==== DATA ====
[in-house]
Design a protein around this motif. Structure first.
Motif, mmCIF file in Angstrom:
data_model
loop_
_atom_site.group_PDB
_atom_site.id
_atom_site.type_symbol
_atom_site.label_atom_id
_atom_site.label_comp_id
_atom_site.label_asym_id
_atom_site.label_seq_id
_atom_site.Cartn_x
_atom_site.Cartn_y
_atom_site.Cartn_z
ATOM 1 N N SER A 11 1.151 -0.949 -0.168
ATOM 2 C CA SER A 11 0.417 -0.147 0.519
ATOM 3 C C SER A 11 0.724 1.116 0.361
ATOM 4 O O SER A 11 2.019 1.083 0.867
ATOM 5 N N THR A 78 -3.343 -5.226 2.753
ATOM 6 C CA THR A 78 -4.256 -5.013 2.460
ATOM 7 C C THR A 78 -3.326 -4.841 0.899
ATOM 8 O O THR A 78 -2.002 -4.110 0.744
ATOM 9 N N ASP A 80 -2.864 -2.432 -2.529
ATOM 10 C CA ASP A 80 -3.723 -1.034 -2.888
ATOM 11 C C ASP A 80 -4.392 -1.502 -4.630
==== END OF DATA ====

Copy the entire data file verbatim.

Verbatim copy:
[in-house]
Design a protein around this motif. Structure first.
Motif, mmCIF file in Angstrom:
data_model
loop_
_atom_site.group_PDB
_atom_site.id
_atom_site.type_symbol
_atom_site.label_atom_id
_atom_site.label_comp_id
_atom_site.label_asym_id
_atom_site.label_seq_id
_atom_site.Cartn_x
_atom_site.Cartn_y
_atom_site.Cartn_z
ATOM 1 N N SER A 11 1.151 -0.949 -0.168
ATOM 2 C CA SER A 11 0.417 -0.147 0.519
ATOM 3 C C SER A 11 0.724 1.116 0.361
ATOM 4 O O SER A 11 2.019 1.083 0.867
ATOM 5 N N THR A 78 -3.343 -5.226 2.753
ATOM 6 C CA THR A 78 -4.256 -5.013 2.460
ATOM 7 C C THR A 78 -3.326 -4.841 0.899
ATOM 8 O O THR A 78 -2.002 -4.110 0.744
ATOM 9 N N ASP A 80 -2.864 -2.432 -2.529
ATOM 10 C CA ASP A 80 -3.723 -1.034 -2.888
ATOM 11 C C ASP A 80 -4.392 -1.502 -4.630